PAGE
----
Friday, 6 December 2013

DIY Fortifications: Research!


While playing around on Easy Army, I noticed that the Americans at Cassino get Field Fortifications. Pretty neat. I might as well make a few to have in case I ever play the list. But since we're historical gamers, we'd want to make fortifications as they would be found in that theater.

How hard could it be?




Depends how you go about your research. I spent a lot more time on Google Image search that I had hoped. The search for Cassino fortifications turned up zero pictures for the Allies, and maybe a handful of results for the Axis. Lots of results came up for the Axis defenses at Normandy, which is understandable. Unfortunately, that doesn't help me much!

Well, lads and lasses, let me turn you on to the US Army Field Manuals. A pretty solid collection can be found here. The manual relevant to my current interest is here: Field Fortifications (1944) (PDF!). Some pages of note just skimming through it:

-Page 34. Excavation and camouflage data for infantry weapons emplacements. A good reference for the shape of pits/emplacements for different weapons and their size. I know, I know, you can chuck any sort of MG nest on a Medium sized base.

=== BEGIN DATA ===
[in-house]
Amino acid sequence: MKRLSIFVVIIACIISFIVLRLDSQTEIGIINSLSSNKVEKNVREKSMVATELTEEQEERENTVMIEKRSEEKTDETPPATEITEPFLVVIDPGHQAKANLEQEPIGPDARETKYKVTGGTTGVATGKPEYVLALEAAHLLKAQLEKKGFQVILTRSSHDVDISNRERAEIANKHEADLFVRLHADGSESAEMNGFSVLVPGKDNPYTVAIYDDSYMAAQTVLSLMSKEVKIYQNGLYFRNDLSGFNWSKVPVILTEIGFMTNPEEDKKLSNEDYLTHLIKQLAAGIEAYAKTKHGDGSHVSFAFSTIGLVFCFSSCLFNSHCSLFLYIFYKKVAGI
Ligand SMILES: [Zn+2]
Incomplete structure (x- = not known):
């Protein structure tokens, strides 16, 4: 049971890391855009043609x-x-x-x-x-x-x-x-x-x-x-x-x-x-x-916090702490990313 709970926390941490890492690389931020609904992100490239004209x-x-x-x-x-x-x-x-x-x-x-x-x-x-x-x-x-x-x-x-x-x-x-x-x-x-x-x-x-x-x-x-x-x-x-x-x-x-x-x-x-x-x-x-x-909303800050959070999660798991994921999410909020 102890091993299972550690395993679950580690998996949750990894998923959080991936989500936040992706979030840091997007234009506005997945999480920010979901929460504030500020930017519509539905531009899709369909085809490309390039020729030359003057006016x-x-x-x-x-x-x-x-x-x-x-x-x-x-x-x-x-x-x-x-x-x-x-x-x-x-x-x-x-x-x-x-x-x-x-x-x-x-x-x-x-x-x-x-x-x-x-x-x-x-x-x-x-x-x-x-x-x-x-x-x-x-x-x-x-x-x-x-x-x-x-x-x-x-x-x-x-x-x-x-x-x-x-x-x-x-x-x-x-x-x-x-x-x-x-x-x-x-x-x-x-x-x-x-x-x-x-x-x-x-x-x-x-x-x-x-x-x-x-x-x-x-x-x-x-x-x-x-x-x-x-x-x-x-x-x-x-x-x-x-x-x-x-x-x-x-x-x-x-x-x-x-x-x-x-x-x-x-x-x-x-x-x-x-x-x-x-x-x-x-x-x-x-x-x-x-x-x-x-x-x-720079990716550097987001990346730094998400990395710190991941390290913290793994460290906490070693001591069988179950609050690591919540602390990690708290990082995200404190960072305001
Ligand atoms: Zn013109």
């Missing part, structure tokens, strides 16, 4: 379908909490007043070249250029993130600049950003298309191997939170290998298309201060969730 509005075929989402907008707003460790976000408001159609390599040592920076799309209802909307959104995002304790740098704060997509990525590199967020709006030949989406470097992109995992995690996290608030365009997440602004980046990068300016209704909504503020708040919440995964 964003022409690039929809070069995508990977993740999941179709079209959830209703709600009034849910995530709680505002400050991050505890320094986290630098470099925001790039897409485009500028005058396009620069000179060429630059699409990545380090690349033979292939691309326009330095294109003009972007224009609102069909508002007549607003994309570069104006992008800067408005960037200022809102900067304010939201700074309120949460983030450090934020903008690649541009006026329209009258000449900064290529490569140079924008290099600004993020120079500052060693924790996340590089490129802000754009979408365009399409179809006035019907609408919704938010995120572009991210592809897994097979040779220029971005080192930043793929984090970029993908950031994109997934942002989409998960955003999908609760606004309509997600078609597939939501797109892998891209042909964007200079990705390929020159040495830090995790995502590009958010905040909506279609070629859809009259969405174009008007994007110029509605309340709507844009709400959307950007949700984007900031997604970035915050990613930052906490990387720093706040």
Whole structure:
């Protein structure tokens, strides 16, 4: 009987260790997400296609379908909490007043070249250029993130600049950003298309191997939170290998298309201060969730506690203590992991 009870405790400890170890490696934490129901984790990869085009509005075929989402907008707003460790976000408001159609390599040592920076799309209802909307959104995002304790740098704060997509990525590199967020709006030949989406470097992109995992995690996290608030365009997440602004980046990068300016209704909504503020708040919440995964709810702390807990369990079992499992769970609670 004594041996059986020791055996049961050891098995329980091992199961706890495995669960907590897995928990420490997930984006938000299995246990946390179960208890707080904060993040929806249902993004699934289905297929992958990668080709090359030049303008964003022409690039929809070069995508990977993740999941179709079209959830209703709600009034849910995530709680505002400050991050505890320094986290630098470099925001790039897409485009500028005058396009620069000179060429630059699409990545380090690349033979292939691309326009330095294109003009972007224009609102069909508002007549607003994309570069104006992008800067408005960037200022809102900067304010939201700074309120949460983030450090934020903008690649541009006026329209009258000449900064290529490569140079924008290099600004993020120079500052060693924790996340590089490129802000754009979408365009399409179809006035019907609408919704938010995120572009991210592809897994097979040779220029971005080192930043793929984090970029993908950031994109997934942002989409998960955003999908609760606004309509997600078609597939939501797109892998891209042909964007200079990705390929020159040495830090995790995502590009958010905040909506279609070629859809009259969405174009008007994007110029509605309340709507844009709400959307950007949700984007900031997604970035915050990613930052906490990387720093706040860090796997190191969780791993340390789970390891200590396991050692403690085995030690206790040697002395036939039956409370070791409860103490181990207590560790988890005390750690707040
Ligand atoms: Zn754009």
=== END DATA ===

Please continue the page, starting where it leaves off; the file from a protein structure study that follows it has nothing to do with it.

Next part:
-Page 42 & 43. Pictures show how to make a retaining wall of a trench with branches. This would mean that to make this at a 15mm scale you could just use some sort of thin wire. Just thinking out loud.

-Page 49 & 53. This could be an interesting idea for an emplacement on a base, with the parapet made from excavated soil.

-Page 50. No reason other than mother of god a Tiger is driving over him. Yeah, I bet you've gone and downloaded the PDF now.

-Page 57. It begins, diagrams of infantry weapons emplacements from the table on page 34.

I'd like to break here while the thought is in mind. I do realized that a lot of these emplacements require digging into the earth. Like that has stopped modelers before.

Page 76. How cool does this one look?! I might have to give that a go.

Page 98. Note the wood supports for the little forked ends of the artillery... legs? A fun detail.

Page 225. Ah, what I came for. The above-ground "machine gun emplacement". Oh, it's just a box with firing slits? Alrighty then...

That seems to wrap it up for the research of making emplacements!